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Gold in that groove
NO ONE could have predicted the second wave of vinyl - not in this age where music comes out of a computer or mobile device rather than a hi-fi system; and at a fraction of the cost of a CD, streaming services such as Spotify and Deezer put millions of songs in your hands without taking up any space in your home.
The vinyl revival is something that has caught many off-guard, including the music industry itself. But it has lost no time cashing in by re-releasing older and more popular titles on wax.
Even lifelong music-lover Foo Say Keong was caught off-guard. He, like many, thought vinyl would be replaced for good by CDs in the 1990s. At that time, the now 39-year-old traded in his sizeable record collection with a friend who replaced every title he took on wax with the same one on a shiny disc.
"I'll never make the same mistake again," laments the communication design lecturer from Temasek Polytechnic who has since started rebuilding his collection and estimates he has close to 2,000 LPs now.
With many old titles now being reissued, he managed to buy back some albums that he traded in earlier but for the out-of-print ones, music fans have no choice but to search online or go to second-hand record shops for pre-loved copies.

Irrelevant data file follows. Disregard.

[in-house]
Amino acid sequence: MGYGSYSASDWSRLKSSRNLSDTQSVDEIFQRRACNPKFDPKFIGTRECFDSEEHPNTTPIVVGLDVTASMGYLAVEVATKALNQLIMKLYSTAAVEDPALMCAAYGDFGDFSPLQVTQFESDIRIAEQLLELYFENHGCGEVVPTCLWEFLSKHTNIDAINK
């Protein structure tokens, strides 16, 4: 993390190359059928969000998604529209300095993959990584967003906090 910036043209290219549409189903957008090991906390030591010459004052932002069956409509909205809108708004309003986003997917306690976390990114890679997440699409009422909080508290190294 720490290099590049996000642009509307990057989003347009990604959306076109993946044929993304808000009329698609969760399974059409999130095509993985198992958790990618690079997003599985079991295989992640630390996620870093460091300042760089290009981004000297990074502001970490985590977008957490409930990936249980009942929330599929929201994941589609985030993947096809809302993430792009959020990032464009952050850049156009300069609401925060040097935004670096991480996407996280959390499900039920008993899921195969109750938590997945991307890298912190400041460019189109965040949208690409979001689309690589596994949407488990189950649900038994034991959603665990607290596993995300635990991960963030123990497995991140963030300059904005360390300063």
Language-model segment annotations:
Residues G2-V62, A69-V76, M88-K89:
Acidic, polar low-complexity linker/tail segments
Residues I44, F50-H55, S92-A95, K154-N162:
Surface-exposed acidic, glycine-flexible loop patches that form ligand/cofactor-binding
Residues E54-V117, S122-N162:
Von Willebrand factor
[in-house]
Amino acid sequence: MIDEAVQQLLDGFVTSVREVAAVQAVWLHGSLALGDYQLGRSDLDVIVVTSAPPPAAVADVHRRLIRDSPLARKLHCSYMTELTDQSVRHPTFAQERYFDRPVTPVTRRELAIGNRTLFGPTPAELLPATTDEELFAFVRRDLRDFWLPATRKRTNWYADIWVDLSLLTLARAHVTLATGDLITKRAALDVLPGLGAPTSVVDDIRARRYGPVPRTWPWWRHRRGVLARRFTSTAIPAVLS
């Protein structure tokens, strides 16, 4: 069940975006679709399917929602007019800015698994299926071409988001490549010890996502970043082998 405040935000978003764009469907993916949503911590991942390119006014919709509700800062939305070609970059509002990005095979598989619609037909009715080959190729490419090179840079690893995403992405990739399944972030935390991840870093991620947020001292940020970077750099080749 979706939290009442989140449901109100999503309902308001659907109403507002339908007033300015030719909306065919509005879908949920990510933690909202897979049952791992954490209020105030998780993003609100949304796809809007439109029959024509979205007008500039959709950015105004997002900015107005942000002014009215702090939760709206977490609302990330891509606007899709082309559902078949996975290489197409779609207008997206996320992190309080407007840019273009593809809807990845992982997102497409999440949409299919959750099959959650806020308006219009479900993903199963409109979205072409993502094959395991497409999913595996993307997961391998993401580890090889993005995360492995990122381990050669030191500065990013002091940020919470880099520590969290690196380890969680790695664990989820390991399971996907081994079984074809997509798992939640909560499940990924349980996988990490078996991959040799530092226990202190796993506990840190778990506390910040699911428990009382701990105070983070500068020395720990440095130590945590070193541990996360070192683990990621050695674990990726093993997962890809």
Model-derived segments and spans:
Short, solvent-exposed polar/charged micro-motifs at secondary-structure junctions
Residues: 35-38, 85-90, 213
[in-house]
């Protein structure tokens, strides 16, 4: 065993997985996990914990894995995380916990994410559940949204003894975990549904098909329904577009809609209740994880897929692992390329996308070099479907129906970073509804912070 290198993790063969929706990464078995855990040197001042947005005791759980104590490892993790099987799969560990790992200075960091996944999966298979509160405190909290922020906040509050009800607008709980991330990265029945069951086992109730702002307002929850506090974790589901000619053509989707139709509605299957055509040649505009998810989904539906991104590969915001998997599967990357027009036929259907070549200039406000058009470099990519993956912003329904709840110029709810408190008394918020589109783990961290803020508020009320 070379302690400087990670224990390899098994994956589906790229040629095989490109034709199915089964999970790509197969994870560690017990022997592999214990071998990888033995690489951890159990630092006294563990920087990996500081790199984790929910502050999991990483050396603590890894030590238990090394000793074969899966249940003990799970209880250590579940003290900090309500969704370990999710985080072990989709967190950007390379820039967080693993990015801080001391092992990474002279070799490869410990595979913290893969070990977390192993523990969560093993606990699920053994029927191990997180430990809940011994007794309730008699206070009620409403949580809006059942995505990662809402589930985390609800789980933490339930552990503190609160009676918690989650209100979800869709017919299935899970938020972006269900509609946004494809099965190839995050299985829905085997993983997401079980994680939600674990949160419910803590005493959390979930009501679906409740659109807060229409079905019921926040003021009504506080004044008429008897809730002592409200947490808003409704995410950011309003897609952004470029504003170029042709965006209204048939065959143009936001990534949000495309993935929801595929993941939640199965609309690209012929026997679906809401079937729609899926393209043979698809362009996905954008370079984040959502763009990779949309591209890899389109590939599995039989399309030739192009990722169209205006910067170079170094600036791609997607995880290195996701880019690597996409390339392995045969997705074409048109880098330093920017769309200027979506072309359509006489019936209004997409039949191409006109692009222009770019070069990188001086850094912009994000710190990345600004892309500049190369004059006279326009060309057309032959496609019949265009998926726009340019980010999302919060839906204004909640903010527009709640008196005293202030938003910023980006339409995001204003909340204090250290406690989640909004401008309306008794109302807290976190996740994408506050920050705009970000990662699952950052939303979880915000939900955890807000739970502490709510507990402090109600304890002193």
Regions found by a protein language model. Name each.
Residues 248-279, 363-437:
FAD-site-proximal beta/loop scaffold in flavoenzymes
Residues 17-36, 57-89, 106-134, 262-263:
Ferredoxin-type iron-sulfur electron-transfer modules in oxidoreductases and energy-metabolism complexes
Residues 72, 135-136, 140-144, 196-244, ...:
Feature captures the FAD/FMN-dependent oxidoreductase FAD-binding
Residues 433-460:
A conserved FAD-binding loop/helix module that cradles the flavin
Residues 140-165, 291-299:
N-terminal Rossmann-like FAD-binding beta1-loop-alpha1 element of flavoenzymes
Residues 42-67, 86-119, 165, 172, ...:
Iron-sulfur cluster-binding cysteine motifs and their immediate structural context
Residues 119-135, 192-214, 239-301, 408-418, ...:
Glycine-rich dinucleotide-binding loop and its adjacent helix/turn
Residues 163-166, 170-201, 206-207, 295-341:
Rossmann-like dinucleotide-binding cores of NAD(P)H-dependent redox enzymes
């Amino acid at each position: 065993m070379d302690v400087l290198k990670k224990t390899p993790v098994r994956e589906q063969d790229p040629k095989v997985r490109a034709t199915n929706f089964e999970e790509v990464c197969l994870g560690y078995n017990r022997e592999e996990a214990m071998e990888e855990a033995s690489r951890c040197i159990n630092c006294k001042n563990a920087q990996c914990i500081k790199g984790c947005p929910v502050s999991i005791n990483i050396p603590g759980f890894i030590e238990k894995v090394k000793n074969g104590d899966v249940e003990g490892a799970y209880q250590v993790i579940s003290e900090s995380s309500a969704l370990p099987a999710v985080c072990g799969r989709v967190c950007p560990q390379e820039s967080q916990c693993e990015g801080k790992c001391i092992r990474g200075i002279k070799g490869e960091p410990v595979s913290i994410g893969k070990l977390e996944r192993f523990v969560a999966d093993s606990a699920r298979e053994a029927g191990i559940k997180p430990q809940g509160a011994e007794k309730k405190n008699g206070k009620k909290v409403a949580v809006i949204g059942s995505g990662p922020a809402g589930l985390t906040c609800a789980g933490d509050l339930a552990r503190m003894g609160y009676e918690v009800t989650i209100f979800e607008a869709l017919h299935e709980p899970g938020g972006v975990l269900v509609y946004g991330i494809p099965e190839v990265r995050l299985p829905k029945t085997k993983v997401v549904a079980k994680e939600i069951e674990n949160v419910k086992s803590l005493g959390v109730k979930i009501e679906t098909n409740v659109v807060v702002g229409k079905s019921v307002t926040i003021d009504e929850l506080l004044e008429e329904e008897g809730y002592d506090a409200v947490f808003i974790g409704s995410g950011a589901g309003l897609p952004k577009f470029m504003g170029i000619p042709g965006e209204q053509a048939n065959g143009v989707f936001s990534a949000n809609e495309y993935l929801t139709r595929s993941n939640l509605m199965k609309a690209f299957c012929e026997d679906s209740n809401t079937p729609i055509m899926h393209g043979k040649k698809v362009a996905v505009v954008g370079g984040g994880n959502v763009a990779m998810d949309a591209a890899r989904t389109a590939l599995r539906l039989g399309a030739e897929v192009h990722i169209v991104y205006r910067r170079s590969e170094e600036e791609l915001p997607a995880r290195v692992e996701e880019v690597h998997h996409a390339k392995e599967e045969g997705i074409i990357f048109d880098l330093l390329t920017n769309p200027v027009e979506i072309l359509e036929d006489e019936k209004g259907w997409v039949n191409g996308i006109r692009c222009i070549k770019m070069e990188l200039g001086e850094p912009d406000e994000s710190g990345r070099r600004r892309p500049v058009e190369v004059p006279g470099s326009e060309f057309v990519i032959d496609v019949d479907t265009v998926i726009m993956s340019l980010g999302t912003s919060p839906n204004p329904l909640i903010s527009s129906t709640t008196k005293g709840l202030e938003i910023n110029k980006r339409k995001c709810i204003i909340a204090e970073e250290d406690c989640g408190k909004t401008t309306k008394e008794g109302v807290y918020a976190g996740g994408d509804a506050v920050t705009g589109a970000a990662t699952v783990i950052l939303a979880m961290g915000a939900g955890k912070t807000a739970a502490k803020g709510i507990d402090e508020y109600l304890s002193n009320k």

Surprisingly, there is no shortage of such places in Singapore with used vinyl dealers in the audiophile haven that is The Adelphi - which served the last remaining vinyl junkies through the 1990s and Noughties when nobody paid much attention to the format.
But the current trend for vinyl collecting has also led to newer-generation record shops adding used titles to their inventory alongside the latest releases; though they operate a little differently from the ones at The Adelphi which tend to favour quantity over quality.
"Most of the seasoned used-record dealers here source locally so sometimes you can't guarantee interesting titles... that's why you'll find that most of them generally stock a lot of 1970s rock bands and 1980s pop acts," notes owner of Hear Records, Nick Tan, who entered the music business early last year and stocks an equal amount of used and new titles in his shop.
To stand out, as well as to cater to his younger clientele who are generally into indie and heavy metal, he prefers not to buy used records in bulk - a common practice among dealers when they take over somebody's collection wholesale. Instead, he maintains a more tightly curated selection by travelling overseas to countries such as Japan every three months or so to hand-pick used titles to make his inventory different from what's out there.
A stone's throw away from Hear is Vinylicious Records, a two-year-old-plus speciality record shop which arguably spearheaded a new wave of local vinyl stores opening here. Co-founded by Eugene Ow Yong, a former home-based used-record dealer, Vinylicious features a specially-curated section, Vinyl Vault, which is his pride and joy.
"It's one of the highlights of the store with 300-400 titles that sell for S$100 upwards," he explains. "Vinyl Vault contains items like first presses as well as records from the 90s and Noughties, which are very rare because very few of them were being manufactured - that was at the height of the CD revolution."